I would be caught lying if I said I return to Goa regularly for the sole purpose of meeting and spending time with my family. Whilst they are an important reason for returning home, it is in fact the delights of Goan cuisine that keeps me coming back time after time. I must give particular mention to my Aunty’s cooking, which will feature as the central focus of this post. Here are some of my favourite dishes that she lovingly prepared for me on my recent trip that elated my soul (in no particular order).
Sambaracche Kodi - I was lying around being lazy when my aunty prepared this somewhat complicated curry. I know it involved a lot of masala, and fresh prawns not to mention an odd ingredient, dried green mangoes (salaa is the term used in Konkani - the language of Goa). First, garam masala is roasted on the tava along with dried red chillies. This roasted mixture is made into a powder in the mixer. Then a coconut is freshly grated. The grated coconut is mixed with a cup of water. This mixture is squeezed through a sieve and the thick juice is extracted. Another cup of water is added to the grated coconut and a thinner juice is saved in a separate bowl. Onions are sautéed in oil till translucent. Then the thin juice, the fresh prawns, dried mangoes are added in with the spices which you ground earlier. Once the mangoes have softened, Goa jaggery (palm sugar) is added. Then the thick coconut juice is added and the salt adjusted to taste. The curry is then brought to the boil and it’s ready to eat!
Goan Roast Beef - This is literally my favourite roast ever. My aunty prepares the beef cut (any part that is soft and meaty) by cutting it into pieces to fit into the pan. She rubs the meat with salt, vinegar, garam masala powder, haldi (turmeric) and jeera (cumin) powder. Shen then pricks the meat with a fork so that the flavours absorb and then put it in the fridge to marinate overnight. The next day she heats a pressure cooker, adds oil and seals the roast (about 5 minutes) along with dried red kashmiri chillies. Then she adds the marinade in which the roast was sitting overnight. She then puts the lid on and give the meat one whistle on high fire and then lowers the fire and simmers for 20 minutes. If you find that there is still a lot of water in the meat, after you open the lid, cook it on the fire (without the lid) until the water evaporates. Slice and enjoy in a sandwich or just on its own with a salad.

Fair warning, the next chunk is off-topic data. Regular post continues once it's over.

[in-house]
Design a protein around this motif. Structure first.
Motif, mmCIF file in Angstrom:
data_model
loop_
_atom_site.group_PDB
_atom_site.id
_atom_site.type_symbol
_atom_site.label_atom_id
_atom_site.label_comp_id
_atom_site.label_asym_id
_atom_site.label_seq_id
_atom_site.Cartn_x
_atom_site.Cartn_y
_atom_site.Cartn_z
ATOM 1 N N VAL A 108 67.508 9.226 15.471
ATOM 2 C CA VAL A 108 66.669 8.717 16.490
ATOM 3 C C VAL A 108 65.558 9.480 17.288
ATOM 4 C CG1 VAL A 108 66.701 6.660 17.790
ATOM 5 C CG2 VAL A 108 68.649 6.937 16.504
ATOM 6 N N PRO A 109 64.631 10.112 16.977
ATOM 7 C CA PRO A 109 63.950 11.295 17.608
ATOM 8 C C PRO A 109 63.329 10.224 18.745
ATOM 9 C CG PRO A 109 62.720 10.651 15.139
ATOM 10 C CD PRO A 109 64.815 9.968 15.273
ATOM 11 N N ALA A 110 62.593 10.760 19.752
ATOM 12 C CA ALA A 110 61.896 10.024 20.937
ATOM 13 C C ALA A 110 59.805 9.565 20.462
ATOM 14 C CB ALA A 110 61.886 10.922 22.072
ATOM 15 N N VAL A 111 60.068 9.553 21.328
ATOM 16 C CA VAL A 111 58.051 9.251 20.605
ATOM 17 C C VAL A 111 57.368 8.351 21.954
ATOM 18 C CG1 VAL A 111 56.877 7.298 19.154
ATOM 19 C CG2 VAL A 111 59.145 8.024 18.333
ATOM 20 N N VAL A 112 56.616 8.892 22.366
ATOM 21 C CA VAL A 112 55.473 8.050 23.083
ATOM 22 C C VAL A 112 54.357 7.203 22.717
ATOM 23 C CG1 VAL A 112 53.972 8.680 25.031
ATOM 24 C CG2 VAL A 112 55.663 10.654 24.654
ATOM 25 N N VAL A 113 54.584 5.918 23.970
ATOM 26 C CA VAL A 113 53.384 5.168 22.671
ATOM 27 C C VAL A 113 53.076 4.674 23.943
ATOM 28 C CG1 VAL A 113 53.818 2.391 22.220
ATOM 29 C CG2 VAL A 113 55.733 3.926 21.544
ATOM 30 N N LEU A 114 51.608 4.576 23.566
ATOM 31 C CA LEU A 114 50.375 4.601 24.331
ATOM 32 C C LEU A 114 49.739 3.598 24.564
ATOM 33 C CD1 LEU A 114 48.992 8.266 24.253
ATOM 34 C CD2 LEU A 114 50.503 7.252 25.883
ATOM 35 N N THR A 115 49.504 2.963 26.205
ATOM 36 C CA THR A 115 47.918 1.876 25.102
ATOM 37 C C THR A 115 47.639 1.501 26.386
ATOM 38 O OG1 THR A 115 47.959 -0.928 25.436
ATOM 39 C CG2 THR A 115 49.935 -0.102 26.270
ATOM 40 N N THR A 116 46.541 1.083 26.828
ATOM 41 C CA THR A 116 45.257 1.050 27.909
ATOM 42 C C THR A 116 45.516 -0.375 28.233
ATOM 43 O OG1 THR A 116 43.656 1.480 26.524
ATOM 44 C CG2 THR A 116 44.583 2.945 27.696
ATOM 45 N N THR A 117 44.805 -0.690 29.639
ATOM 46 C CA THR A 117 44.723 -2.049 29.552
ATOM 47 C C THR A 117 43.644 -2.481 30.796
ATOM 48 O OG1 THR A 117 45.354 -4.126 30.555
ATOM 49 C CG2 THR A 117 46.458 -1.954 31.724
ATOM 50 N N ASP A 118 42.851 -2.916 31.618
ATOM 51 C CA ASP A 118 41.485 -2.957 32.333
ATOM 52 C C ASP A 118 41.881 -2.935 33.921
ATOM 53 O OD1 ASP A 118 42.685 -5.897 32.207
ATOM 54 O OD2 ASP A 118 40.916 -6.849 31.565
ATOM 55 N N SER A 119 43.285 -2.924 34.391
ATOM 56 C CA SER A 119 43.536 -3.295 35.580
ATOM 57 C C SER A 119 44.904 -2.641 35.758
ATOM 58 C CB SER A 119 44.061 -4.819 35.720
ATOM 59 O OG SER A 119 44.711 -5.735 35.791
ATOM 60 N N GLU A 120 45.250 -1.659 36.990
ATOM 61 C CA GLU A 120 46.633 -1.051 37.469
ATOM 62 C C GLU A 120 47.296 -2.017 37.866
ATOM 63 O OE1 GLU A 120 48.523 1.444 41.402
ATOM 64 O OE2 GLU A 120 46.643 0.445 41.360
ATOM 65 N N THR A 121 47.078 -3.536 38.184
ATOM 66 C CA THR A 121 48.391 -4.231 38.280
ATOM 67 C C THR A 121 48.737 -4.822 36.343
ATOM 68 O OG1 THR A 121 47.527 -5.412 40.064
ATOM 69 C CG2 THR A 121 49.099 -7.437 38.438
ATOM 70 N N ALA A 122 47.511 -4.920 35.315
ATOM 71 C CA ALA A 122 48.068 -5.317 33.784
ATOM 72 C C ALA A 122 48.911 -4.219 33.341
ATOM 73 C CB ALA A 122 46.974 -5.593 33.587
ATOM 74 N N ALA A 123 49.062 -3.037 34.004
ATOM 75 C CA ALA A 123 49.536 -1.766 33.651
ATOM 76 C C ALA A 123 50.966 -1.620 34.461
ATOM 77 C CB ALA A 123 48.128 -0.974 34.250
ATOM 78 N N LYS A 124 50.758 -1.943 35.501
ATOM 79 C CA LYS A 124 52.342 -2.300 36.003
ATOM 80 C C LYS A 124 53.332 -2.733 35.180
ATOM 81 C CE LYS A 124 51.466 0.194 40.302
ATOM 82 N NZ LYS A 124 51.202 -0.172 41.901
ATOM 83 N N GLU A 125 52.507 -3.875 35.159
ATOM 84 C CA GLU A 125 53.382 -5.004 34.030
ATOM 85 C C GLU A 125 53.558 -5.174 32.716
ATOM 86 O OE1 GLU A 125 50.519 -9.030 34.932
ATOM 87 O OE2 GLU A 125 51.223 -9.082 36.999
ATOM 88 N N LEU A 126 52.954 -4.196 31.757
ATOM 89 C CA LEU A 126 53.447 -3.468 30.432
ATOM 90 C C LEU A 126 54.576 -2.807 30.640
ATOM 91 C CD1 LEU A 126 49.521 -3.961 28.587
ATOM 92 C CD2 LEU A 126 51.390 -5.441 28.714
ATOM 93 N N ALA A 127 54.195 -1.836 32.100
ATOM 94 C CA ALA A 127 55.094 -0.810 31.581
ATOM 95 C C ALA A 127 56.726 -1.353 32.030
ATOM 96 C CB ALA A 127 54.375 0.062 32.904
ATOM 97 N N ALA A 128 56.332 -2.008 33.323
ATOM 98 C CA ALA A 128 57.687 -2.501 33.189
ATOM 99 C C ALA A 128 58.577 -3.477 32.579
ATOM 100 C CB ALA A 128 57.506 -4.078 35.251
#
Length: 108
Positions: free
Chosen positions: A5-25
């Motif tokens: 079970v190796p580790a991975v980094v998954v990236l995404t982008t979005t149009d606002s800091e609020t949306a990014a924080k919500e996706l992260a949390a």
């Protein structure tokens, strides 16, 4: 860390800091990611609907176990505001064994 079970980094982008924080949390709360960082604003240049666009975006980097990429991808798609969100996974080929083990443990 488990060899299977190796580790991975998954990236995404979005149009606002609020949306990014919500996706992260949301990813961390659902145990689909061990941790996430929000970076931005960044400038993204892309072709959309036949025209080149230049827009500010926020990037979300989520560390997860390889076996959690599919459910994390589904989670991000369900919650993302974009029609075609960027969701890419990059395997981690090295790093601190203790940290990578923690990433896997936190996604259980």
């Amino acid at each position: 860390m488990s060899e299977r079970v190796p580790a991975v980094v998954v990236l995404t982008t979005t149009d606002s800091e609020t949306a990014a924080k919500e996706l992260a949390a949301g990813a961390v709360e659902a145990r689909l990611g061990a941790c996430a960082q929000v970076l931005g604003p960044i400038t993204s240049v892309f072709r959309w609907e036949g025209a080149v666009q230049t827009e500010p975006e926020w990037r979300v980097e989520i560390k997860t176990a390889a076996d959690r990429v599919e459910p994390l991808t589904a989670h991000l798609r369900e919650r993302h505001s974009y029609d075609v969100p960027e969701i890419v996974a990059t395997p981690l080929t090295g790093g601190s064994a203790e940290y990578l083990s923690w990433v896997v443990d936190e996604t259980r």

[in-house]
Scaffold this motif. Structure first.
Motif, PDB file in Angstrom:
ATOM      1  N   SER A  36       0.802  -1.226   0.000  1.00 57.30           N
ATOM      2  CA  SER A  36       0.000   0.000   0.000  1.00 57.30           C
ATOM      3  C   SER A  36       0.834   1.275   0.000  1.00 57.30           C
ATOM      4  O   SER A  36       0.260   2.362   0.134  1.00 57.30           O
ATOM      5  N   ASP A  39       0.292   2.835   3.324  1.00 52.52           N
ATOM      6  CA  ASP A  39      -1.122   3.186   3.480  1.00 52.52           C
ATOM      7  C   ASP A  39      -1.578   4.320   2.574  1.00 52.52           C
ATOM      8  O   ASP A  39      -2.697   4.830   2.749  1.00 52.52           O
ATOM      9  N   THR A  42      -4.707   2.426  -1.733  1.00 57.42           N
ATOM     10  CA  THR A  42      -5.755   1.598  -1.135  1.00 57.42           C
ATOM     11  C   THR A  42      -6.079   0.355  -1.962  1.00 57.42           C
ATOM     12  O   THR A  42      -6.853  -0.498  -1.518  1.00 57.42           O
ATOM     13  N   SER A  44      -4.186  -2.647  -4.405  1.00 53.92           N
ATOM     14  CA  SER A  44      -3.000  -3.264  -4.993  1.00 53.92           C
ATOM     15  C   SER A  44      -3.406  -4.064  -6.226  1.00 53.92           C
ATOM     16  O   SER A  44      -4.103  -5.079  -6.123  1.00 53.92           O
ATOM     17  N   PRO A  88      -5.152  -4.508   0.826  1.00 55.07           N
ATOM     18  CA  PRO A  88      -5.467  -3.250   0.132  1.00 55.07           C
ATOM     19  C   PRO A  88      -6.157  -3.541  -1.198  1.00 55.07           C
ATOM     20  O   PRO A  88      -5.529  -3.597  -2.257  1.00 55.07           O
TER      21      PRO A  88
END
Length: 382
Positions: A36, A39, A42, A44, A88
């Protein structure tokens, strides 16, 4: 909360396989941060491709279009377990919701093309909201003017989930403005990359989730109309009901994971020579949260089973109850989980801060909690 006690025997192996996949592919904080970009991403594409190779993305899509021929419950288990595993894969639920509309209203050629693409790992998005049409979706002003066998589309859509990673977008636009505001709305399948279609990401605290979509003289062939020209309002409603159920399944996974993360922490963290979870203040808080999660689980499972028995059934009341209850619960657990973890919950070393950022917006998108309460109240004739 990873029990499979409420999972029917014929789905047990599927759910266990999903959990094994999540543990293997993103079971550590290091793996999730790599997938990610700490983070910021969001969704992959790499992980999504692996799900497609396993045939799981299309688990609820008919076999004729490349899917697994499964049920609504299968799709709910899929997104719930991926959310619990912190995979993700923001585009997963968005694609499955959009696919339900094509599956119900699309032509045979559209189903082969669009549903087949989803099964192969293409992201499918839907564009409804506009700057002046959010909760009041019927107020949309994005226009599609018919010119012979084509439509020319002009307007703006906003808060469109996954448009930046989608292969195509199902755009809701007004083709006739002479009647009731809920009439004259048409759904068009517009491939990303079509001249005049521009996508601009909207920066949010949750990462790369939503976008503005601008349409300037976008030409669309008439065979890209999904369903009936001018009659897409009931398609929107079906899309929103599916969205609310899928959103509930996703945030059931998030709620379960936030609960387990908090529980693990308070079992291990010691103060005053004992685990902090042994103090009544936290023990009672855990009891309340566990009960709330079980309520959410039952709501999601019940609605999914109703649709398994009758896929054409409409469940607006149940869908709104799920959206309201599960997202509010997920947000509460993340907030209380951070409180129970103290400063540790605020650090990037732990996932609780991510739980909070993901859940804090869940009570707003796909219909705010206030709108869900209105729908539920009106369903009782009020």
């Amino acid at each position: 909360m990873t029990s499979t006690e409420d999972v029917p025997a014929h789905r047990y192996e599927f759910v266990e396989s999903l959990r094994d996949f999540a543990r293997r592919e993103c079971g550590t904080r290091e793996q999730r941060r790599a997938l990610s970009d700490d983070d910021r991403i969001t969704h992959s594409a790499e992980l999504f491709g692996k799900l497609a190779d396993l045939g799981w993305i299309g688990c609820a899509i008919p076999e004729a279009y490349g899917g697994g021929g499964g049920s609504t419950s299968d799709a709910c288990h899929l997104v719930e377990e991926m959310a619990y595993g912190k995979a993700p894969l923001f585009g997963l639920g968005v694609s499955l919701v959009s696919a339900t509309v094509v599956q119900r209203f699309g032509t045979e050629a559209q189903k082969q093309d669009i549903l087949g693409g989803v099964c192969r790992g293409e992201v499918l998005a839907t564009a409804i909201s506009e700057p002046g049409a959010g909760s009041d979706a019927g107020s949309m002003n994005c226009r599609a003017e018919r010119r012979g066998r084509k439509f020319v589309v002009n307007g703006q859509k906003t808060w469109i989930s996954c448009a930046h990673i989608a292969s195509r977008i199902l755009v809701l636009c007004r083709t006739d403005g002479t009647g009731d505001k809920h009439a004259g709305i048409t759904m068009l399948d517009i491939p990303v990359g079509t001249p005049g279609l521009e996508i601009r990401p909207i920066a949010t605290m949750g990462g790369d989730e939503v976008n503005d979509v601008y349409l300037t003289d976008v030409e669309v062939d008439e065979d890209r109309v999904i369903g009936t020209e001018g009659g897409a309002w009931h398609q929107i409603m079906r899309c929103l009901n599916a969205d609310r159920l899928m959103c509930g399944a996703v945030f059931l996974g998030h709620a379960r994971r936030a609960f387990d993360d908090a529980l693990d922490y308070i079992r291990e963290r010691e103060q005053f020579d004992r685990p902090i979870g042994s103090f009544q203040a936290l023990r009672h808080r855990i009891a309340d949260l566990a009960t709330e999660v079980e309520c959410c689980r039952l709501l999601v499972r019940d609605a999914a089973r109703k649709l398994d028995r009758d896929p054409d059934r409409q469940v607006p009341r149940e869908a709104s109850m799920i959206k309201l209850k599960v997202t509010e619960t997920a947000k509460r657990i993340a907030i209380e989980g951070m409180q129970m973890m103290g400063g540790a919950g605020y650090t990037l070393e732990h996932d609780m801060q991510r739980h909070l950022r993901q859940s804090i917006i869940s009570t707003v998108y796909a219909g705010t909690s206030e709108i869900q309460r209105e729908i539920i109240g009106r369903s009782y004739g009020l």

Raw Mango Carpe (Aamtto) - A mix between pudding and curry - thick, bright yellow and the perfect balance of sweet and sour. Peel raw mangoes (they shouldn’t be completely raw, perhaps 3-4 days away from their ripe state), slice them and apply salt and keep them for sometime. Extract the thick and thin juice of the coconut (as explained above). Slice onion and saute, then add haldi, a tiny amount of garlic paste and jeera (cumin) powder. To this mix add fresh prawns, the mangoes. thin coconut juice dried red chilli pieces. Let the mango cook and then add the thick coconut juice. Add sugar according to taste and salt.